The Pharmacology of Neurogenesis and Neuroenhancement
Currently, few drugs are available for the effective treatment of neurodegenerative diseases and neurodevelopmental disorders. Recent advances in neuroscience research offer hope that future strategies for treating these brain disorders will include neurogenesis and neuroenhancement as therapeutic endpoints. This volume reviews cutting-edge findings related to the pharmacological aspects of neurogenesis and neuroprotection. A broad range of topics are covered from basic lab bench research to drug discovery efforts and important clinical issues. This collection of reviews is a perfect way to become acquainted with these exciting new fields in the space of a single volume. Chapters are written with a general audience in mind, but with enough high-level discussion to appeal to specialists and experts as well. The authors have done an excellent job of challenging current paradigms and pushing the boundaries of exploration in keeping with the pioneering spirit that gave rise to these emerging areas of research. Consequently, this will be an indispensable resource for many years to come.View full description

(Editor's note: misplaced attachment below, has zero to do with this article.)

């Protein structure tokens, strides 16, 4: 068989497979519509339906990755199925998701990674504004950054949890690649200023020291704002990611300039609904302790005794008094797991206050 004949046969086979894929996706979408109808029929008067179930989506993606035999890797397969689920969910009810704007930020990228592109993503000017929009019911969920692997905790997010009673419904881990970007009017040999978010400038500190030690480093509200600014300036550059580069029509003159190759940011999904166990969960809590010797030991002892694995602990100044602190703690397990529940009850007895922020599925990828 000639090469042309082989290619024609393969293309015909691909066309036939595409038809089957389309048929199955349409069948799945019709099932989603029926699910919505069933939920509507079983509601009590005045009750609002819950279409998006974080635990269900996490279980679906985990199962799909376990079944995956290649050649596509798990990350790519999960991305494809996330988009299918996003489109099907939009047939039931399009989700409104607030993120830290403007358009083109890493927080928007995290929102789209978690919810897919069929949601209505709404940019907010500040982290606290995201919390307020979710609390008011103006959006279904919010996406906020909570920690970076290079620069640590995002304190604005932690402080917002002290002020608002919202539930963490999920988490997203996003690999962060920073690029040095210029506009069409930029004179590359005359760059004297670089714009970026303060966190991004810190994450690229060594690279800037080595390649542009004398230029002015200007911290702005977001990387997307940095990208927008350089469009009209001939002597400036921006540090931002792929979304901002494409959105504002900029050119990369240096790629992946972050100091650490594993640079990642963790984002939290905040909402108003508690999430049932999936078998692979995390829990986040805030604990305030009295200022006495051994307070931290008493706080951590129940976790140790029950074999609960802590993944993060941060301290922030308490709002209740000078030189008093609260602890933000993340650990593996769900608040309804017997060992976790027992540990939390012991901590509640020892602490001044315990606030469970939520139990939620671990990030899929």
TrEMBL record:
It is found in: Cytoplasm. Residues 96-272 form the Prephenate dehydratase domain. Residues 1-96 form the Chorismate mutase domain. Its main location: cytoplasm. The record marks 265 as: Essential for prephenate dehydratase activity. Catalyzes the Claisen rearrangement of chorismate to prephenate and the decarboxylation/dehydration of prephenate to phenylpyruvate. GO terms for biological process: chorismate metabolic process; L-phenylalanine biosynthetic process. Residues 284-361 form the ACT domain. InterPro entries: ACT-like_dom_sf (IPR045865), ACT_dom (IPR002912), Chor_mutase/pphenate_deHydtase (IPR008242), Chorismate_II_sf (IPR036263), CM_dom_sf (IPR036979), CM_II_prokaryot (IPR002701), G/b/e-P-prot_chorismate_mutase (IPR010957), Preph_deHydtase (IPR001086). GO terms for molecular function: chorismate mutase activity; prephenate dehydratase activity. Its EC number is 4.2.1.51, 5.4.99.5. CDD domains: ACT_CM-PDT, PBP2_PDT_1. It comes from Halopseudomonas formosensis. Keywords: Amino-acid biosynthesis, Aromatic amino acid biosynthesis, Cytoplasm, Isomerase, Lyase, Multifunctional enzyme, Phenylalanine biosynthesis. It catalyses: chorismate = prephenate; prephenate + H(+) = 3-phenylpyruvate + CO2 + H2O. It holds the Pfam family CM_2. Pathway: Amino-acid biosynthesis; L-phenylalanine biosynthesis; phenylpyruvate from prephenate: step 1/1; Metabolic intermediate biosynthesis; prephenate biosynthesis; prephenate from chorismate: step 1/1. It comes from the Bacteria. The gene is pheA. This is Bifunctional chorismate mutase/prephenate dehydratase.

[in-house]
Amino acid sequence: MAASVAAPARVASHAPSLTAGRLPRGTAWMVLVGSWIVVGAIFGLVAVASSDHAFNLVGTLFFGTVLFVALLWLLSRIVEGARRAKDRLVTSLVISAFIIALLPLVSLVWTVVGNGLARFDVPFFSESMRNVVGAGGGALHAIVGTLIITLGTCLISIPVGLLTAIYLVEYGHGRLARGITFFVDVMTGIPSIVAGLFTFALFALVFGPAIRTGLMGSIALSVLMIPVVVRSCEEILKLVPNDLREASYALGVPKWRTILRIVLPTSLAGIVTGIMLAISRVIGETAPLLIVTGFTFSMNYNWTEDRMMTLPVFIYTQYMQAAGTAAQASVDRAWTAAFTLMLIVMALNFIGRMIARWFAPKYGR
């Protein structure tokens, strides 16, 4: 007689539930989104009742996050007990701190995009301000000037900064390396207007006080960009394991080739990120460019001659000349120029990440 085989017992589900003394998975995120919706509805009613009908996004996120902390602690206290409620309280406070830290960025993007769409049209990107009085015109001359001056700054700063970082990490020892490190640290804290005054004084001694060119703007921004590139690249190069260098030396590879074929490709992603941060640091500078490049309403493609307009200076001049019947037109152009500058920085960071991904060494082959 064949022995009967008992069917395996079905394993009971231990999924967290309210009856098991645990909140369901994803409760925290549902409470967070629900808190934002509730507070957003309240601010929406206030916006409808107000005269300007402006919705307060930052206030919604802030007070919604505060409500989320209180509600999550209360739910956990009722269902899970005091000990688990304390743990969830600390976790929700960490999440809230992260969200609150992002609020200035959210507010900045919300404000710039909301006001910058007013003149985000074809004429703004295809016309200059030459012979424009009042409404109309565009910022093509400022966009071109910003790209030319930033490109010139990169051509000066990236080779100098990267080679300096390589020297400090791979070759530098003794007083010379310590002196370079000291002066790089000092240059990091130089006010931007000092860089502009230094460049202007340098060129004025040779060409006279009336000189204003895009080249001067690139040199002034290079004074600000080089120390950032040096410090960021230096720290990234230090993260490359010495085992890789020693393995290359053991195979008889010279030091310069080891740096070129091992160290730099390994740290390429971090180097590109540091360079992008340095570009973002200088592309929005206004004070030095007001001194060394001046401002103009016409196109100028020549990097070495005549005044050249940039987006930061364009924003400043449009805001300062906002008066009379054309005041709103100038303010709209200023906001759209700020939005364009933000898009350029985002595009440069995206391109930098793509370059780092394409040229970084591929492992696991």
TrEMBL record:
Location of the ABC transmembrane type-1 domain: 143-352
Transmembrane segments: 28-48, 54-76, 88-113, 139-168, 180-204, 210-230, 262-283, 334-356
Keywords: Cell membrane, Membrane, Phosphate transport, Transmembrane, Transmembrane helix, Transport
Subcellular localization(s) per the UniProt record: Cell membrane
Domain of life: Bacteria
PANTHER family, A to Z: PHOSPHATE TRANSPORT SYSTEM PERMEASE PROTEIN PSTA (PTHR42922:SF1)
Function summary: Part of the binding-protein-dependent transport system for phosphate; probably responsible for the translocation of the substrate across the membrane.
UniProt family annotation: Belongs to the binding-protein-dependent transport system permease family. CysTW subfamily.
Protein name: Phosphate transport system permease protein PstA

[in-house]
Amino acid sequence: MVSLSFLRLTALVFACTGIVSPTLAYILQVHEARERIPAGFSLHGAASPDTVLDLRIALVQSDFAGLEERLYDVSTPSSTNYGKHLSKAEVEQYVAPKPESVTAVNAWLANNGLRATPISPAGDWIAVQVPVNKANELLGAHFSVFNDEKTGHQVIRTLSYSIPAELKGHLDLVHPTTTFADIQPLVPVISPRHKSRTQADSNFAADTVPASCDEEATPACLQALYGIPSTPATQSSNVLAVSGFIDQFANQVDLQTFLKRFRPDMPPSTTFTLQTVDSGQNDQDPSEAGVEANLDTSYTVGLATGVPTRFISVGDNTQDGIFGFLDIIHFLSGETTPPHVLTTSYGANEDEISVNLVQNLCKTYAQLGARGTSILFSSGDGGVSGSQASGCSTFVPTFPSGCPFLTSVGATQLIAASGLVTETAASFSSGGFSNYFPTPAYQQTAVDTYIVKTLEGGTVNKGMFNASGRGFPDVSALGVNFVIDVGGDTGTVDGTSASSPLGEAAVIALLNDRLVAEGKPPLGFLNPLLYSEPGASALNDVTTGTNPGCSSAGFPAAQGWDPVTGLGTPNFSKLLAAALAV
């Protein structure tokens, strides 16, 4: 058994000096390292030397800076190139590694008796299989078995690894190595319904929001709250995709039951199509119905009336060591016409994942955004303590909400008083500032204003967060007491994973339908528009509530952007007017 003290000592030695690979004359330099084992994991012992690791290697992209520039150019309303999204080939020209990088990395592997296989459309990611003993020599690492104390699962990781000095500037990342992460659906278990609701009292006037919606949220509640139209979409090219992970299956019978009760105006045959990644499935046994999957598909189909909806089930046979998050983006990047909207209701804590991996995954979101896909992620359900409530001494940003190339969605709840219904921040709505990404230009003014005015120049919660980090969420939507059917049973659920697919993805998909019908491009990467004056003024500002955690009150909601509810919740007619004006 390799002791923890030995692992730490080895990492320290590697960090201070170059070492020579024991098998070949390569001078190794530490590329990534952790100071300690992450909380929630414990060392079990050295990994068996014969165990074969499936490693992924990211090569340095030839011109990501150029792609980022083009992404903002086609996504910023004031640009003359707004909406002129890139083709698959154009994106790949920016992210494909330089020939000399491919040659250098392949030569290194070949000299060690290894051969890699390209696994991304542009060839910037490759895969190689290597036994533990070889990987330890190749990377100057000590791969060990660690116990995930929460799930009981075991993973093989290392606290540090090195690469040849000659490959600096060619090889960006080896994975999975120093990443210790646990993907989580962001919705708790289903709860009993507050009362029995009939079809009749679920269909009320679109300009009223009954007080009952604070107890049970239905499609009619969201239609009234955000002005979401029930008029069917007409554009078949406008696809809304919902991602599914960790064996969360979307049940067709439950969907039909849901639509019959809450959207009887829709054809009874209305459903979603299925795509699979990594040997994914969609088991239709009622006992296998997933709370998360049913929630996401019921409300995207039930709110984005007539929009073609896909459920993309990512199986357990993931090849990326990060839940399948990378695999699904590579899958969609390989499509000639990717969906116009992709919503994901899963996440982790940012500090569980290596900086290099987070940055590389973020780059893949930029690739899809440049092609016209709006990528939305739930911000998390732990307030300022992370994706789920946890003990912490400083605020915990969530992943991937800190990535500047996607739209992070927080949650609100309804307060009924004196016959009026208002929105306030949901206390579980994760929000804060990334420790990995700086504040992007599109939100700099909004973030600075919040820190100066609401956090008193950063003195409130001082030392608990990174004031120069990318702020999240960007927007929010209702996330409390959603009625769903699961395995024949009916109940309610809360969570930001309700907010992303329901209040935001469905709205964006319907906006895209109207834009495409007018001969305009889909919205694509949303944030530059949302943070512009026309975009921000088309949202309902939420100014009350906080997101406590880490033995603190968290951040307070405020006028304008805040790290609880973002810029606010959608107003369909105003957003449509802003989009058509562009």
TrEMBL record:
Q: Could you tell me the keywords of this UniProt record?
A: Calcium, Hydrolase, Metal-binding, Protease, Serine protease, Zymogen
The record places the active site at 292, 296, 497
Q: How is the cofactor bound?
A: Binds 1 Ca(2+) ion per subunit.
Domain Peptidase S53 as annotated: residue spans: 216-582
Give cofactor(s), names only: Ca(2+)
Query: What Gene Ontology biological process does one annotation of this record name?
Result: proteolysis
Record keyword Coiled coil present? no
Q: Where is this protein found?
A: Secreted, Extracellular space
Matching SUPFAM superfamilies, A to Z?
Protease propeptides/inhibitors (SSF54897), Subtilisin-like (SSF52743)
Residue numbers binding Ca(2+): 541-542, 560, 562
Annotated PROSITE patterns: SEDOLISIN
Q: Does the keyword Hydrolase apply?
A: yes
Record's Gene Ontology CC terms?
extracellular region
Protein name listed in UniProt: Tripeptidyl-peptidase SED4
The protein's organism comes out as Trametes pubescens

Neuroscientists, neurologists and pharmacologists.
- Published: January 2007
- Imprint: ACADEMIC PRESS
- ISBN: 978-0-12-373678-9
Table of ContentsRegenerating the Brain.Serotonin and Brain: Evolution, Neuroplasticity and Homeostasis.Therapeutic approaches to promoting axonal regeneration in the adult mammalian spinal cord.Evidence For Neuroprotective Effects of Antipsychotic Drugs: Implications for the Pathophysiology and Treatment of Schizophrenia.Dopamine–GABA Interactions and the Pathophysiology of Schizophrenia.Neurogenesis and Neuroenhancement in the Pathophysiology and Treatment of Bipolar Disorder.Neuroreplacement, growth factor and small molecule neurotrophic approaches for treating Parkinson’s Disease. Using C. elegans models of neurodegenerative disease to identify neuroprotective strategies.Neuroprotection and enhancement of neurite outgrowth with small molecular weight compounds from screens of chemical libraries.